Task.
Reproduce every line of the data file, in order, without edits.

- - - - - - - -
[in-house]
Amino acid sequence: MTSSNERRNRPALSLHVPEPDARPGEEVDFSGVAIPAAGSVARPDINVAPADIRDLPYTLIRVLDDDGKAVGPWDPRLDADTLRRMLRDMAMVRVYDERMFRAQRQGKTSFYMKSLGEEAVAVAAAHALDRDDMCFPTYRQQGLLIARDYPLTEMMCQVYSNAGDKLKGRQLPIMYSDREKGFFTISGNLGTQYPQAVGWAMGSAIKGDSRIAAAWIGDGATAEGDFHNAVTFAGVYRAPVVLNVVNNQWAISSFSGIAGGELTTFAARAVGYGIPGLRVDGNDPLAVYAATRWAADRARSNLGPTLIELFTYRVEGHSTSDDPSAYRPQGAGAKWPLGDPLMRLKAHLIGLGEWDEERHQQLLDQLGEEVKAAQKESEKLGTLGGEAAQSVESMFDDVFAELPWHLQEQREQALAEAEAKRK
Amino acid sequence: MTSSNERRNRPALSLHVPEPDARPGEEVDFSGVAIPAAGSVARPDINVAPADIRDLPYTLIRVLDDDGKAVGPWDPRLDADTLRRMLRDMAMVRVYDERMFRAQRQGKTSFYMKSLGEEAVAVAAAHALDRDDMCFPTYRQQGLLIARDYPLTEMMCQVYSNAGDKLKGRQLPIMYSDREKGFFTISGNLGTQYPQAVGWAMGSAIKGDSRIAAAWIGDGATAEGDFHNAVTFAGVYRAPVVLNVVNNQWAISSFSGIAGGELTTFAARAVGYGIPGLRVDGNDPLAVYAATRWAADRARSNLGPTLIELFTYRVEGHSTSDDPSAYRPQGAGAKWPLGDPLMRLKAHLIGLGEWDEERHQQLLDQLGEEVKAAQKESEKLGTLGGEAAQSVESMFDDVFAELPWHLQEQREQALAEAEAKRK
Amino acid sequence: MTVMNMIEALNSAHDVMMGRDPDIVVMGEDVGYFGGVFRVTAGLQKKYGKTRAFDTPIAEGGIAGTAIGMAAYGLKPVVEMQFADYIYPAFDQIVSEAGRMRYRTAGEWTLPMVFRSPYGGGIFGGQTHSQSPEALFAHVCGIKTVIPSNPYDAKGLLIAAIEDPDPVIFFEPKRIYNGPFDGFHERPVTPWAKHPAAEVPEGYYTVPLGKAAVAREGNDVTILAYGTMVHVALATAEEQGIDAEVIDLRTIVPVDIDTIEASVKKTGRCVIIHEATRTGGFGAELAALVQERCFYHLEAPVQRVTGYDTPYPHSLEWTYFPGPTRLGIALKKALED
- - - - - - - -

[in-house]
Amino acid sequence: MTSSNERRNRPALSLHVPEPDARPGEEVDFSGVAIPAAGSVARPDINVAPADIRDLPYTLIRVLDDDGKAVGPWDPRLDADTLRRMLRDMAMVRVYDERMFRAQRQGKTSFYMKSLGEEAVAVAAAHALDRDDMCFPTYRQQGLLIARDYPLTEMMCQVYSNAGDKLKGRQLPIMYSDREKGFFTISGNLGTQYPQAVGWAMGSAIKGDSRIAAAWIGDGATAEGDFHNAVTFAGVYRAPVVLNVVNNQWAISSFSGIAGGELTTFAARAVGYGIPGLRVDGNDPLAVYAATRWAADRARSNLGPTLIELFTYRVEGHSTSDDPSAYRPQGAGAKWPLGDPLMRLKAHLIGLGEWDEERHQQLLDQLGEEVKAAQKESEKLGTLGGEAAQSVESMFDDVFAELPWHLQEQREQALAEAEAKRK
Amino acid sequence: MTSSNERRNRPALSLHVPEPDARPGEEVDFSGVAIPAAGSVARPDINVAPADIRDLPYTLIRVLDDDGKAVGPWDPRLDADTLRRMLRDMAMVRVYDERMFRAQRQGKTSFYMKSLGEEAVAVAAAHALDRDDMCFPTYRQQGLLIARDYPLTEMMCQVYSNAGDKLKGRQLPIMYSDREKGFFTISGNLGTQYPQAVGWAMGSAIKGDSRIAAAWIGDGATAEGDFHNAVTFAGVYRAPVVLNVVNNQWAISSFSGIAGGELTTFAARAVGYGIPGLRVDGNDPLAVYAATRWAADRARSNLGPTLIELFTYRVEGHSTSDDPSAYRPQGAGAKWPLGDPLMRLKAHLIGLGEWDEERHQQLLDQLGEEVKAAQKESEKLGTLGGEAAQSVESMFDDVFAELPWHLQEQREQALAEAEAKRK
Amino acid sequence: MTVMNMIEALNSAHDVMMGRDPDIVVMGEDVGYFGGVFRVTAGLQKKYGKTRAFDTPIAEGGIAGTAIGMAAYGLKPVVEMQFADYIYPAFDQIVSEAGRMRYRTAGEWTLPMVFRSPYGGGIFGGQTHSQSPEALFAHVCGIKTVIPSNPYDAKGLLIAAIEDPDPVIFFEPKRIYNGPFDGFHERPVTPWAKHPAAEVPEGYYTVPLGKAAVAREGNDVTILAYGTMVHVALATAEEQGIDAEVIDLRTIVPVDIDTIEASVKKTGRCVIIHEATRTGGFGAELAALVQERCFYHLEAPVQRVTGYDTPYPHSLEWTYFPGPTRLGIALKKALED